CF: I think a lot of the backlash with this article, according to the comments, is that they only talked to six parents who all clearly are in the same financial bracket and have the same viewpoint on the subject. This article is representative of a very small group of people, but does address a larger…
KT: Isn’t it true that in Europe people live at home longer? I remember when I did a homestay in Spain, my host family’s children, who were both in their mid-20s, lived at home because neither was married.
LM: That’s also a tenant of traditional Judaism. My parents were much more comfortable with my staying home until I got married, if they could have controlled it had the situation been different, they would have tried
KT: I definitely feel like my parents pull the strings because it’s their money, which is something I struggle with. My mom always threatens me: “If you don’t do X, Y and Z, you’re going to move home.”
AD: I feel like I use that threat against my parents. I’m always threatening to move home. I get that the financial viewpoint of this article is limited to a specific and niche demographic, one that in New York City may feel like it’s the norm but really isn’t, but what I’m really interested in, because this seems like a broader observation, is that 25 seems to be the new 21 emotionally, not just financially. Maybe they’re connected, like you said. We’re not as pressed to settle down and find someone. But it seems that within one individual there are two viewpoints: a hard and intense focus on a fulfilling career, and then the flipside of that, where these same people are working so hard for careers yet their social life is pretty hedonistic and all about having fun and being young. This is the age to be selfish. Worry about your friends, worry about partying, but you’re not looking for a partner.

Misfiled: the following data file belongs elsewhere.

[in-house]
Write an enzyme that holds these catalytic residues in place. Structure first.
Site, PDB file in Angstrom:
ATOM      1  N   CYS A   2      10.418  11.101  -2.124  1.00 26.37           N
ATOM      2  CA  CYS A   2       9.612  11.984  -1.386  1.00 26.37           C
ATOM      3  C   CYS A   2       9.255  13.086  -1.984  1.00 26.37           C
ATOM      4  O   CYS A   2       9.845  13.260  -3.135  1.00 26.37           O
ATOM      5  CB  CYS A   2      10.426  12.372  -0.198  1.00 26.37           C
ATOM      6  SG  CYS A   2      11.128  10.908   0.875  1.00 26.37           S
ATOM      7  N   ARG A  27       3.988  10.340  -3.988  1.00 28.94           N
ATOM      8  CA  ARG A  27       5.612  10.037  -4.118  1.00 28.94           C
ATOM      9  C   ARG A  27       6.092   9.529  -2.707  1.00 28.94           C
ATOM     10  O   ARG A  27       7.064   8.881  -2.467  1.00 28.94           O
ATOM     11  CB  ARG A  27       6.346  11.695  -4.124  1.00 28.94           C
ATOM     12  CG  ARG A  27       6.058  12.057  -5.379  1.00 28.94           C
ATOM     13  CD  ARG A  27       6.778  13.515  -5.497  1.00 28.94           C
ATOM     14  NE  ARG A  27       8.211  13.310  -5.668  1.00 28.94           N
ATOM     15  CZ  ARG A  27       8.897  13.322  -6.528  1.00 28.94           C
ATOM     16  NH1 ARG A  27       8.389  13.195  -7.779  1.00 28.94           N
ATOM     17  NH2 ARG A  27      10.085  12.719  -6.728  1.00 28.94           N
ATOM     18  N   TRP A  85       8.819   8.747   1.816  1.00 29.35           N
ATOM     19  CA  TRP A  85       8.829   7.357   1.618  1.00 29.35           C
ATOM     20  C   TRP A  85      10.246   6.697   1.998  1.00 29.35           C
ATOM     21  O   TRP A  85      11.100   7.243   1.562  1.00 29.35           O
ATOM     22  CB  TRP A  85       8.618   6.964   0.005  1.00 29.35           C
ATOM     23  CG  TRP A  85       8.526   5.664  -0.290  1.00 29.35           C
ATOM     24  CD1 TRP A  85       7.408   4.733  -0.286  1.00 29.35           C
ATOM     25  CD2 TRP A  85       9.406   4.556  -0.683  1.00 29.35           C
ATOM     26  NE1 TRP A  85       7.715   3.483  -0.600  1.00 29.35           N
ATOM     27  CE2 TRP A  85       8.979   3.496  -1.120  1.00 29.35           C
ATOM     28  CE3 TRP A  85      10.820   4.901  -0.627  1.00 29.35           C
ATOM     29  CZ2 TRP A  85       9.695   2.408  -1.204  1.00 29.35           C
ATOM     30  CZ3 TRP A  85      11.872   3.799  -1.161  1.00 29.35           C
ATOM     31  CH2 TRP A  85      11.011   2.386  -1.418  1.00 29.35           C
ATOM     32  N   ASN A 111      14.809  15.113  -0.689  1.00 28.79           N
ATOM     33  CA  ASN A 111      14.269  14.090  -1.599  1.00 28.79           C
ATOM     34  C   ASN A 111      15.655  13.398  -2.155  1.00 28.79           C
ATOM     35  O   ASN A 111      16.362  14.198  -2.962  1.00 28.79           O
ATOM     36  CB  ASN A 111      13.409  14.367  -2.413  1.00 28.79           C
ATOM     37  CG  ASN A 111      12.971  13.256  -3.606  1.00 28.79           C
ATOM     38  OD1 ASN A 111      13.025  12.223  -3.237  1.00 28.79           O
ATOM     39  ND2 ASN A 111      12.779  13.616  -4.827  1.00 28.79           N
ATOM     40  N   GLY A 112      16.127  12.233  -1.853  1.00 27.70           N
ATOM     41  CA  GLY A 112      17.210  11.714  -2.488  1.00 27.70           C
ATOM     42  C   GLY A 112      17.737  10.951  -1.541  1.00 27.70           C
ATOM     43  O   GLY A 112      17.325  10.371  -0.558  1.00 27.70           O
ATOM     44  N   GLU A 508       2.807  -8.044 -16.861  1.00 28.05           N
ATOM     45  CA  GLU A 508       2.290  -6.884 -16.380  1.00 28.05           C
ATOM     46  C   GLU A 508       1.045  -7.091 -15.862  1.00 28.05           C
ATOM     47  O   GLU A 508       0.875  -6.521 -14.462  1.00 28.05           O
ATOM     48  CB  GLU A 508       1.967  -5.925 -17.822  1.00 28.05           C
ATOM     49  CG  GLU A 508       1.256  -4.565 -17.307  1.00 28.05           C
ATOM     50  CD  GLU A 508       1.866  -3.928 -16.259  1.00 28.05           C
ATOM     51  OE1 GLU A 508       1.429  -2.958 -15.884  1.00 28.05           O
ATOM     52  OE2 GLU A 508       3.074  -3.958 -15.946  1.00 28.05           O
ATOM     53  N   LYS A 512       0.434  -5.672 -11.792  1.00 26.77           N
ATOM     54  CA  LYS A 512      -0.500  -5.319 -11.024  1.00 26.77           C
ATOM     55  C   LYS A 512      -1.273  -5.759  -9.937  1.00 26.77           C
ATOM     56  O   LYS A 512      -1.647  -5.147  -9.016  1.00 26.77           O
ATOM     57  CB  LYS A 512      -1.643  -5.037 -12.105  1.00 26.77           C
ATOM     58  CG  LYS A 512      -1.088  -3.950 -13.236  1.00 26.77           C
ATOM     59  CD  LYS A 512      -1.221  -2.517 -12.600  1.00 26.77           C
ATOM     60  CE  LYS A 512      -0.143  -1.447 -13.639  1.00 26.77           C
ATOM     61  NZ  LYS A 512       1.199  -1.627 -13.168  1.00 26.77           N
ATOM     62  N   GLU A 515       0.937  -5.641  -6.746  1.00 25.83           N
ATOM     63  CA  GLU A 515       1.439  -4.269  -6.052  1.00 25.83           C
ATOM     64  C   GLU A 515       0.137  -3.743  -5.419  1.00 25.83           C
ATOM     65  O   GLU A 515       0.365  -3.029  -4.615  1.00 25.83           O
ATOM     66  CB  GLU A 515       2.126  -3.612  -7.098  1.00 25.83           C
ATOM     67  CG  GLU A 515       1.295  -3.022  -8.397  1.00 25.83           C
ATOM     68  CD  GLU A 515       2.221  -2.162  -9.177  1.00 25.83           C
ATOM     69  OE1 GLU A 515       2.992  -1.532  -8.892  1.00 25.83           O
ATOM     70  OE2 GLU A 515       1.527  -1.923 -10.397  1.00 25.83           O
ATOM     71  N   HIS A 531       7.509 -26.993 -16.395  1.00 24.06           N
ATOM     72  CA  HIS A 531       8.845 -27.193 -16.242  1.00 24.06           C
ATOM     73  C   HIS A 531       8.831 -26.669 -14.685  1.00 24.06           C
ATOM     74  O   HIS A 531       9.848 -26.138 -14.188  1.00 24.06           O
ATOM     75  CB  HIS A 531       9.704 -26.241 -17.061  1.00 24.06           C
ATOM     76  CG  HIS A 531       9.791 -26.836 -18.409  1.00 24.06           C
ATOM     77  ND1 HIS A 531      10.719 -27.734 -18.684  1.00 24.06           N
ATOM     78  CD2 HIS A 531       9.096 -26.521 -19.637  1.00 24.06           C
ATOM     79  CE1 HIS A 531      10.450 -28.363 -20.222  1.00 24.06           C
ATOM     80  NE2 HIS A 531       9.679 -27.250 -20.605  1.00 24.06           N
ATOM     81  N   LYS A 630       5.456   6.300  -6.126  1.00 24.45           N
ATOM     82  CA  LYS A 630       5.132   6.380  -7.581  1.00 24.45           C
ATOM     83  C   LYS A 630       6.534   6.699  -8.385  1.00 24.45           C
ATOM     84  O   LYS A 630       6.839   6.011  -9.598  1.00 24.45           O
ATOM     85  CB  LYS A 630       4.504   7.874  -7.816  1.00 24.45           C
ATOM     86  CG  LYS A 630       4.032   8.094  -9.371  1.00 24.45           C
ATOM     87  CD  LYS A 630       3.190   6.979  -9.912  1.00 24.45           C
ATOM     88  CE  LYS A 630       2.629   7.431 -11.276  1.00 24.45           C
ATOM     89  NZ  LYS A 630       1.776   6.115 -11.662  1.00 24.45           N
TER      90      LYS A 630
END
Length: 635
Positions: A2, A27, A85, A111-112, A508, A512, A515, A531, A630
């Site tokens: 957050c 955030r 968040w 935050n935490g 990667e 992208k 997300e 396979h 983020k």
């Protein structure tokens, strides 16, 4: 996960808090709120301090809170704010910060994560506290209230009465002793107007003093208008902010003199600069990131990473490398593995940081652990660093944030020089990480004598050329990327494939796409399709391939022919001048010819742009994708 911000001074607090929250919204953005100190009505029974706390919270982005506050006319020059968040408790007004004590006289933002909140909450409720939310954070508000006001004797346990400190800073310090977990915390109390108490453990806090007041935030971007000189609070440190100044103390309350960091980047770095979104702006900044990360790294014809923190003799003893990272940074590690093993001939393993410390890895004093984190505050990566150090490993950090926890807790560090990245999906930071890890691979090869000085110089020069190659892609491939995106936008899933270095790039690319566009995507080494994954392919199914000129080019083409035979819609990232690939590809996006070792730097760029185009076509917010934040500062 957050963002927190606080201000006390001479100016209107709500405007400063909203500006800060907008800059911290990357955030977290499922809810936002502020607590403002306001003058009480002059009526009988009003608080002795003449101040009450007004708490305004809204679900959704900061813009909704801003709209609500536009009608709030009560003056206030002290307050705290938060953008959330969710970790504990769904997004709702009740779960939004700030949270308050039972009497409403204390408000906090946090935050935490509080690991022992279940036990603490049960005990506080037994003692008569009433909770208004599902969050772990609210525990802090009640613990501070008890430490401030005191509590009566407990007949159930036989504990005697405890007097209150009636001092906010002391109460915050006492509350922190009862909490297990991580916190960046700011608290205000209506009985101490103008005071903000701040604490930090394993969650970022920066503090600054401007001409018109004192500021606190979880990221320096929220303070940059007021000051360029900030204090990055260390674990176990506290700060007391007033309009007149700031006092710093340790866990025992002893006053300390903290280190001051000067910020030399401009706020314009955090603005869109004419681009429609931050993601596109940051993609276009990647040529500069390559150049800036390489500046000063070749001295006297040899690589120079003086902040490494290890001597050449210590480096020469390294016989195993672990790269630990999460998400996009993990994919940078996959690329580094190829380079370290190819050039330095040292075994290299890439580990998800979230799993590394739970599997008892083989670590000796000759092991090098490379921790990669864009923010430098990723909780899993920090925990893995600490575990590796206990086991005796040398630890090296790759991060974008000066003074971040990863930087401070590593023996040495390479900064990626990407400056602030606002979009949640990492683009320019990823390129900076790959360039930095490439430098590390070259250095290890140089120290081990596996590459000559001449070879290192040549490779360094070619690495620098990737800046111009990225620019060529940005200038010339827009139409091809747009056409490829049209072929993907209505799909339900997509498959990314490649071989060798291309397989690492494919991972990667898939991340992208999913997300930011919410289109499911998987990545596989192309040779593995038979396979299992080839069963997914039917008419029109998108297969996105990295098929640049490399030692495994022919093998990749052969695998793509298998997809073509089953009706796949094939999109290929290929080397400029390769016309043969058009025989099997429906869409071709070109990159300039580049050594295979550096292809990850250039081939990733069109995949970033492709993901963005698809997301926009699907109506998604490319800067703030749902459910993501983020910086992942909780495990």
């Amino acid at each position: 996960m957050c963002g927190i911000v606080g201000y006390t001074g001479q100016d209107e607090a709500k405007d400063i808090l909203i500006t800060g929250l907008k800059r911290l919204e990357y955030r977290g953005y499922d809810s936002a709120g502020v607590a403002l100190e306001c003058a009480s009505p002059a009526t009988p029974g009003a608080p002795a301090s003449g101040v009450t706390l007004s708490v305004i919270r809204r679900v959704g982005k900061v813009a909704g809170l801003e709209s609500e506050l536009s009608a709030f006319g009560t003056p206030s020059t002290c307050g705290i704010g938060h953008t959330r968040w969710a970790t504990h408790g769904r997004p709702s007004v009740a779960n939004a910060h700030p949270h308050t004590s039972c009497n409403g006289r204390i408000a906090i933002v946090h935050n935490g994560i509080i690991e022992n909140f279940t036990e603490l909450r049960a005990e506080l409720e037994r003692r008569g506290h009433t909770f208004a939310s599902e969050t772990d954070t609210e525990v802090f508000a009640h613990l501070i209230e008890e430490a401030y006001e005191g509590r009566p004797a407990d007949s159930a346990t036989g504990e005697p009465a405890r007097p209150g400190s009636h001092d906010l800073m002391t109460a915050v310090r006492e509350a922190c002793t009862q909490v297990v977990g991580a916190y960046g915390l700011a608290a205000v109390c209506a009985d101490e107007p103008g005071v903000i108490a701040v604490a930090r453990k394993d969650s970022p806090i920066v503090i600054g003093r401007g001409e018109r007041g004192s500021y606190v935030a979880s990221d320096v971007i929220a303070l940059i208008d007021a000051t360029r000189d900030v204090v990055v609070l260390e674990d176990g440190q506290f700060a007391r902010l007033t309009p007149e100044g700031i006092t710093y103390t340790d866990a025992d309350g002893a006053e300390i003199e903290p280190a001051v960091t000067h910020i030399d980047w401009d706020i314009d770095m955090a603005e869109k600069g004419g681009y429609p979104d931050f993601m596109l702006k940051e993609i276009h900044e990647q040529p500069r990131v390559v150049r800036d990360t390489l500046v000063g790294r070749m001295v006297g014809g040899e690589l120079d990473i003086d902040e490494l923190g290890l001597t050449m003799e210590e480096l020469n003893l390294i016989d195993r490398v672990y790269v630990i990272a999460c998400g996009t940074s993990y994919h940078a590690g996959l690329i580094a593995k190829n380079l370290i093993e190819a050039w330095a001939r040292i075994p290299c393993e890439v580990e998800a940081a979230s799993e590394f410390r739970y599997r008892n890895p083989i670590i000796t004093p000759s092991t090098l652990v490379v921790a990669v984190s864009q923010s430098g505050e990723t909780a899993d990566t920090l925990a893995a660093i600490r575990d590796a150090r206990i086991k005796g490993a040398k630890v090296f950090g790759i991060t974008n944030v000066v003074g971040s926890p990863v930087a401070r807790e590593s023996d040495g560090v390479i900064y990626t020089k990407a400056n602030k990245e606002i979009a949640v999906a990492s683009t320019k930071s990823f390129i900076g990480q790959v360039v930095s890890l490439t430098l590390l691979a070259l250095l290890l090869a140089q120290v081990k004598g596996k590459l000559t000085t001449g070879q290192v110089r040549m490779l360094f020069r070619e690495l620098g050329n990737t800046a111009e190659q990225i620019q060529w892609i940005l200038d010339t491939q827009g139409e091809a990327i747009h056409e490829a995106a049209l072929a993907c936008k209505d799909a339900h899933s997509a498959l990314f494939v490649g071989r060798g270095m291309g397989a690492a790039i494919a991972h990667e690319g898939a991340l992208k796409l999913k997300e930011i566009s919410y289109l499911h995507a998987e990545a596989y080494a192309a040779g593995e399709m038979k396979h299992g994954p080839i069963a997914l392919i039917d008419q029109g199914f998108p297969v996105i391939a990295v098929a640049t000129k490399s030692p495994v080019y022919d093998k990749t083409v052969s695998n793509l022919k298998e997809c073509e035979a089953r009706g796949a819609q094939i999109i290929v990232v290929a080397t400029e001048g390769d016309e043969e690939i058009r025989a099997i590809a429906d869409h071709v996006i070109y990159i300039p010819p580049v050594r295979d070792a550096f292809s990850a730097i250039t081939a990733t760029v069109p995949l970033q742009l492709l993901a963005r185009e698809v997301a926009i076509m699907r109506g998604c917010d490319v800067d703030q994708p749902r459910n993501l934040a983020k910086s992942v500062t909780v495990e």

KT: Yeah, I definitely feel like a minority among my friends for living with my boyfriend
EL: I feel like a minority being married among everyone. It’s delayed adolescence. Everyone I know, they all have jobs, they all live at home. Their option is that they’d rather spend their paychecks on going to dinner and getting clothes than rent. They can spend all the money on temporal pleasures.